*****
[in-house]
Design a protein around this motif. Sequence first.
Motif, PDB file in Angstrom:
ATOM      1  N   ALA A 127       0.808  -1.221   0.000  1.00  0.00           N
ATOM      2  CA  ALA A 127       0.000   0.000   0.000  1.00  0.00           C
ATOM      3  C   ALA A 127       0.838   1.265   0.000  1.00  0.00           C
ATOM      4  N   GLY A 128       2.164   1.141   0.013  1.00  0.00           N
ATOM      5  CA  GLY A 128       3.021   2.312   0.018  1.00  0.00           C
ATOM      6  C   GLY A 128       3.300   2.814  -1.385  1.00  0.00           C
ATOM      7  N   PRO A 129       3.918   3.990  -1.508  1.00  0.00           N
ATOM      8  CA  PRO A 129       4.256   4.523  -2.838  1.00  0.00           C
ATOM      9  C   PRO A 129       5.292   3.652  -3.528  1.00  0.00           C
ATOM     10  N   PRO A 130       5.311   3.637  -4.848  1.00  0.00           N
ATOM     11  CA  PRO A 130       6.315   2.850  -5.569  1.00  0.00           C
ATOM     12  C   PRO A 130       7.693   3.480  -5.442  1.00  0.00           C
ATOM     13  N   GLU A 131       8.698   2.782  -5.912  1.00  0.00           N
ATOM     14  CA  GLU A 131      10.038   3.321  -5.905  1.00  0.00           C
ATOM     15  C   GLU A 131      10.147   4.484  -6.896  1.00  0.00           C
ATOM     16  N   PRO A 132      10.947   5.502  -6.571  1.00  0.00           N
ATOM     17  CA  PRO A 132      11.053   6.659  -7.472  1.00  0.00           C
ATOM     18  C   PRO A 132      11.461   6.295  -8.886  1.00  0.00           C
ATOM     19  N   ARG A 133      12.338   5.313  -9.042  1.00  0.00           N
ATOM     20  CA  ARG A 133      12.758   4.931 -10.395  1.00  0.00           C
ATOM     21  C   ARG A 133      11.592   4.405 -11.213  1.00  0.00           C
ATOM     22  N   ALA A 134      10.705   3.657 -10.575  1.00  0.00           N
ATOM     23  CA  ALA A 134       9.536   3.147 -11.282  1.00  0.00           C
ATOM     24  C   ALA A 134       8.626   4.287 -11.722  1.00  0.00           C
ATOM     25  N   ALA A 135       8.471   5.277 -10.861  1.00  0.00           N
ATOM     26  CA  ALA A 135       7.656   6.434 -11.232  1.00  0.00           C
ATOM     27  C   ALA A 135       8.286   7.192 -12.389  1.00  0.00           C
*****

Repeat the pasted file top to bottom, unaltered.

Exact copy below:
[in-house]
Design a protein around this motif. Sequence first.
Motif, PDB file in Angstrom:
ATOM      1  N   ALA A 127       0.808  -1.221   0.000  1.00  0.00           N
ATOM      2  CA  ALA A 127       0.000   0.000   0.000  1.00  0.00           C
ATOM      3  C   ALA A 127       0.838   1.265   0.000  1.00  0.00           C
ATOM      4  N   GLY A 128       2.164   1.141   0.013  1.00  0.00           N
ATOM      5  CA  GLY A 128       3.021   2.312   0.018  1.00  0.00           C
ATOM      6  C   GLY A 128       3.300   2.814  -1.385  1.00  0.00           C
ATOM      7  N   PRO A 129       3.918   3.990  -1.508  1.00  0.00           N
ATOM      8  CA  PRO A 129       4.256   4.523  -2.838  1.00  0.00           C
ATOM      9  C   PRO A 129       5.292   3.652  -3.528  1.00  0.00           C
ATOM     10  N   PRO A 130       5.311   3.637  -4.848  1.00  0.00           N
ATOM     11  CA  PRO A 130       6.315   2.850  -5.569  1.00  0.00           C
ATOM     12  C   PRO A 130       7.693   3.480  -5.442  1.00  0.00           C
ATOM     13  N   GLU A 131       8.698   2.782  -5.912  1.00  0.00           N
ATOM     14  CA  GLU A 131      10.038   3.321  -5.905  1.00  0.00           C
ATOM     15  C   GLU A 131      10.147   4.484  -6.896  1.00  0.00           C
ATOM     16  N   PRO A 132      10.947   5.502  -6.571  1.00  0.00           N
ATOM     17  CA  PRO A 132      11.053   6.659  -7.472  1.00  0.00           C
ATOM     18  C   PRO A 132      11.461   6.295  -8.886  1.00  0.00           C
ATOM     19  N   ARG A 133      12.338   5.313  -9.042  1.00  0.00           N
ATOM     20  CA  ARG A 133      12.758   4.931 -10.395  1.00  0.00           C
ATOM     21  C   ARG A 133      11.592   4.405 -11.213  1.00  0.00           C
ATOM     22  N   ALA A 134      10.705   3.657 -10.575  1.00  0.00           N
ATOM     23  CA  ALA A 134       9.536   3.147 -11.282  1.00  0.00           C
ATOM     24  C   ALA A 134       8.626   4.287 -11.722  1.00  0.00           C
ATOM     25  N   ALA A 135       8.471   5.277 -10.861  1.00  0.00           N
ATOM     26  CA  ALA A 135       7.656   6.434 -11.232  1.00  0.00           C
ATOM     27  C   ALA A 135       8.286   7.192 -12.389  1.00  0.00           C